Also, with respect to your rant about the Washington D.C. area, I agree that it was foolish for so many school systems to be closed when the weather conditions don't warrant it but I find it interesting that you cite this as an example of "D.C." parenting. It's a shame that you have such distaste for an area you chose to move to. If D.C. doesn't have the right atmosphere, please feel free to return to Wisconsin. I was born and raised in Washington D.C., have an amazing work ethic, got a top of the line education and have more world experience and cultural exposure than I would venture to guess a Wisconsin transplant would have.

Posted by: Allison | February 13, 2006 3:24 PM

Growing up in NYC and going to college in Boston, I am still a bit unsettled by the way schools in the metro DC area are so quick to close anytime there is snowfall. I've only experienced one snow day - a result of nearly 3 feet of snowfall - in my 15+ years of schooling. NYC public schools are all open today without delay despite record snowfall...and that includes largely suburban Queens and Brooklyn, areas similar to MG and Fairfax counties.

Posted by: RB | February 13, 2006 4:03 PM


How much do they spend for snow-plowing and snow removal in Wisconsin? We get so little snow here each year that we can't afford to invest as heavily in that sort of equipment as they do in Wisconsin. Instead we start school two hours late (the District) or take snow days. If that's "horrifying parenting" then you probably need to get out a little more. Didn't they teach you anything in those mid-Western schools?

Posted by: Buckshot | February 13, 2006 4:03 PM

Ditto to Allison re DC. It's always ironic to true native Washingtonians (born and raised here) to hear such statements as "DC parenting" or "DC panic to weather" or "DC driving". When most of the characteristics of these come as a result of a melting pot of inhabitants from all over the nation. Point of fact with this being such a transient area there are just as many litigious "Midwestern" parents now working and raising families in the "DC area" who've pushed the school administrators to this UBER-cautious school closing. Growing up here not all that long ago in the 70s and 80s, my butt was out the door in many a well below freezing icy day walking to school or waiting on the bus. In Fairfax County to boot. And yeah, I fell on the ice a few times, and you know what I learned? Tough, it happens, but you still have to go to work and to school. It's not a "DC parenting" thing. It's a fallout of the last decade of overreacting from the "Me generation parents" and those parents are found in more places than just the DC region.

Posted by: cg | February 13, 2006 4:07 PM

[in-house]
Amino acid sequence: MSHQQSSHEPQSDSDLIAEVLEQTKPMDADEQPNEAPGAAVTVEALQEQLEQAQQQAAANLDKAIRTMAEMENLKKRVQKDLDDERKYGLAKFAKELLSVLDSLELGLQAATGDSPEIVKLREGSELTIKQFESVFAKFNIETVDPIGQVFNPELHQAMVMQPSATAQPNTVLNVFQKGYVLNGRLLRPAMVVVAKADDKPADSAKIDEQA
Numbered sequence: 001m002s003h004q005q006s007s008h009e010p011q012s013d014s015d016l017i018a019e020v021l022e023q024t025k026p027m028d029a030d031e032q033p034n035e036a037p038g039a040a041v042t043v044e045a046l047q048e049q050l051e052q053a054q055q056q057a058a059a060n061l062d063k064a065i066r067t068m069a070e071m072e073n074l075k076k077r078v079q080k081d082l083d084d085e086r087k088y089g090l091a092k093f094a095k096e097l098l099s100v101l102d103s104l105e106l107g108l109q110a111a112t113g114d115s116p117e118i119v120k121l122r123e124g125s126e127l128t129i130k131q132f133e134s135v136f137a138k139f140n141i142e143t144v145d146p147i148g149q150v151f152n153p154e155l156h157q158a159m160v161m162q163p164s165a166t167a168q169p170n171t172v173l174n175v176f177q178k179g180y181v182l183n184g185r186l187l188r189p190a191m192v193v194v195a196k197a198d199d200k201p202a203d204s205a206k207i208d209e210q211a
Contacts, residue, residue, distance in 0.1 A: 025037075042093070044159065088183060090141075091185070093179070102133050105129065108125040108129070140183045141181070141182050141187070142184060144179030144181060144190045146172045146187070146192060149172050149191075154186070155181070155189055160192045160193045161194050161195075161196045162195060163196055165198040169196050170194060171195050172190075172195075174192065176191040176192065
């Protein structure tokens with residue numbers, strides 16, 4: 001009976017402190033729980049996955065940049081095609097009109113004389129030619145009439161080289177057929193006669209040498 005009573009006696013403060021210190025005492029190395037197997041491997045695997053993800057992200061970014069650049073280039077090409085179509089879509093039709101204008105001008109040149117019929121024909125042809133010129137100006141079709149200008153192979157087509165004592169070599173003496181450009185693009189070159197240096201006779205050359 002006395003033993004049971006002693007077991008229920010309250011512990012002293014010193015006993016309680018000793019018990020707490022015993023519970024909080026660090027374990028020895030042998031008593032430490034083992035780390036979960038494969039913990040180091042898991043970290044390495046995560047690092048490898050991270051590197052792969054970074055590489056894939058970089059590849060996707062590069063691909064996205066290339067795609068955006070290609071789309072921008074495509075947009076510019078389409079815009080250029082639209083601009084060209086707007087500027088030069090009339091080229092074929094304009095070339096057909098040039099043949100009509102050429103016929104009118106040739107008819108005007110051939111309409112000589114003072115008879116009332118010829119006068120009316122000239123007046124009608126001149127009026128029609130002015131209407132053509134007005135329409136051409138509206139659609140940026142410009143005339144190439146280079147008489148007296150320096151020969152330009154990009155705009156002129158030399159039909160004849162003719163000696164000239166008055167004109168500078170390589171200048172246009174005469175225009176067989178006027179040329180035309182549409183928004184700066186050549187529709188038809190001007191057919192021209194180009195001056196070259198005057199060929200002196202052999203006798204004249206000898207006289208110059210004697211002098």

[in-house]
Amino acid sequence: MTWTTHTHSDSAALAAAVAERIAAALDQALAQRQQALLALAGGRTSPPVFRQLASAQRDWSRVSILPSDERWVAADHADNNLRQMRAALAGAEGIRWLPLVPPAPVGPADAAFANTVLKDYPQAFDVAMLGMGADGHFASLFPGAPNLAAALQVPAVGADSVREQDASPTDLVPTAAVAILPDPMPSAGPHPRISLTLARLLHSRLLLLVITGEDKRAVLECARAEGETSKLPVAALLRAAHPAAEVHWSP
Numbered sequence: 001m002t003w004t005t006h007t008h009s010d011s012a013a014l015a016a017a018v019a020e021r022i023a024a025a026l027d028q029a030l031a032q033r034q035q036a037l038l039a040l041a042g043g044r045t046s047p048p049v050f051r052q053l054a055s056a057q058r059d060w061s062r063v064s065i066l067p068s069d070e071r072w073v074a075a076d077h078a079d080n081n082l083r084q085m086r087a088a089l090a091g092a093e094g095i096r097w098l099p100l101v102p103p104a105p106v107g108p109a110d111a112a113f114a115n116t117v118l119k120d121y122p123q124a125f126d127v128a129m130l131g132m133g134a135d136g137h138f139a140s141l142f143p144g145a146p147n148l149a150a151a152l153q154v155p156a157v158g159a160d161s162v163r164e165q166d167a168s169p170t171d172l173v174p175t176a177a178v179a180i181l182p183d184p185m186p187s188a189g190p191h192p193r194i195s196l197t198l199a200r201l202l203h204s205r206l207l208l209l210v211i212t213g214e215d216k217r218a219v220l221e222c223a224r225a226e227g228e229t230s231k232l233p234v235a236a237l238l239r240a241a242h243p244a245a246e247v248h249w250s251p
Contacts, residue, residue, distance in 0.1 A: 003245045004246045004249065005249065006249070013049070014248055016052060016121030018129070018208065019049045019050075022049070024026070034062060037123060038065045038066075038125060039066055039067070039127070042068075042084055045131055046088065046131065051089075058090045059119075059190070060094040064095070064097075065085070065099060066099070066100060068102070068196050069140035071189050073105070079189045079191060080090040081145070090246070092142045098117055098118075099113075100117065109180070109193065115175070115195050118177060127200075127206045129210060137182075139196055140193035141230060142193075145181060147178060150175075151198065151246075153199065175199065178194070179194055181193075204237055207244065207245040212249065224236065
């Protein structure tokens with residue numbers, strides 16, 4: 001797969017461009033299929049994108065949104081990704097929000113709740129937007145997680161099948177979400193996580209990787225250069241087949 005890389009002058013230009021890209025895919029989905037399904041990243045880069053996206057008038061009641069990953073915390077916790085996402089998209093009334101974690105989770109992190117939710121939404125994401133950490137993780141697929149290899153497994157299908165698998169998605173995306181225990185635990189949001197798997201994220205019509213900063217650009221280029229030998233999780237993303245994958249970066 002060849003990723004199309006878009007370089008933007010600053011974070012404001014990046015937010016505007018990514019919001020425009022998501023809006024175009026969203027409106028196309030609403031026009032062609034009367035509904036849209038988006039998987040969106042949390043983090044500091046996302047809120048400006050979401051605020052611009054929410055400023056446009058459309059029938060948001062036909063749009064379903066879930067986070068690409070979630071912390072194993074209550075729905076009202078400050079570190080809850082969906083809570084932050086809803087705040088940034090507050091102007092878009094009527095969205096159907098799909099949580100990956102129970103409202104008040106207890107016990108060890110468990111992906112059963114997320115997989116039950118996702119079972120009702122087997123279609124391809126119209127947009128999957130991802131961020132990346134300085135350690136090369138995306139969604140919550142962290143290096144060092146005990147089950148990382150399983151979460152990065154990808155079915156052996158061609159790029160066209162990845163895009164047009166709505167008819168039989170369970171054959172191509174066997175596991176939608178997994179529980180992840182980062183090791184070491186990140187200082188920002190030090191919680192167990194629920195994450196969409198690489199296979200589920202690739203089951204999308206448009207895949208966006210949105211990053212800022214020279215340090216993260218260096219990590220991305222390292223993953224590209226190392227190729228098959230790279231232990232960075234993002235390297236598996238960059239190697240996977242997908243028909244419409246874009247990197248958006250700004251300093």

To those of you who are worried about raising a generation to expect snow days at work: relax. It'll get trained out of them at college. That's what happened with me, and I only went as far north as Baltimore. (Of course, I might not have picked up enough discipline to avoid the occasional blog break, but clearly I'm not alone in that.)

Posted by: Farragut South | February 13, 2006 4:11 PM

Why does VP Cheney "shoot" a quail but merely "pepper" or "spray" Mr. Whittington? Spin, Spin, Spin.

Posted by: cg | February 13, 2006 4:14 PM


If Mr. Whittington does not recover from being peppered with buckshot, then his heirs would say he was "shot dead as a quail." If he and Mr. Cheney get together and have a few good laughs about it, then Mr. Whittington would say "You sure peppered me good."

It isn't spin. It's understanding how other people see the world.

Posted by: Buckshot | February 13, 2006 4:19 PM


Indeed, but it churns the stomach when administrations use semantics to paint the worldview their way. It belittles the American people and creates a war over words instead of the real issue. When in any way you put it, I'm not loving the idea that the peppering actions of my VP are handled not by the press staff that my tax dollars pay for, but by a private citizen in Texas who casually contacts the local paper. Let us know right off the bat and we can all have a good laugh over Mr. Whittington's being peppered in a quail hunting mishap. But the delay and mishandling is a shot of foolishness from someone who really ought to know better. Even a toddler knows to personally announce his accidents.

Posted by: cg | February 13, 2006 4:33 PM

Those who rant about schools being closed when the main roads are cleared should talk to my friends who are bus drivers in Loudoun County. The busses don't just drive on the main roads, you know. Heck, just go drive around on Loudoun's wild and wooly little side roads in the snow. In Loudoun, many of the roads travelled by school busses are unpaved, and therefore extra difficult or impossible to plow clear of snow. Imagine being a bus driver with a bus full of children on a narrow, hilly and icy road (like many in Loudoun), suddenly facing a car coming at you going way too fast for the icy conditions, and making the split-second choice: put the bus in the ditch, or hit the car head-on. As you imagine making that split second decision, remember that the children are not wearing seat belts. Then tell me it isn't better to be cautious about snow days, even if it means that sometimes the school system over-reacts.

Posted by: Pvillepeg | February 13, 2006 4:42 PM

I'd still rather go hunting with the VEEP than driving with Teddy Kennedy. I know which one won't leave me to die in a ditch.

Posted by: Jacknut | February 14, 2006 10:27 AM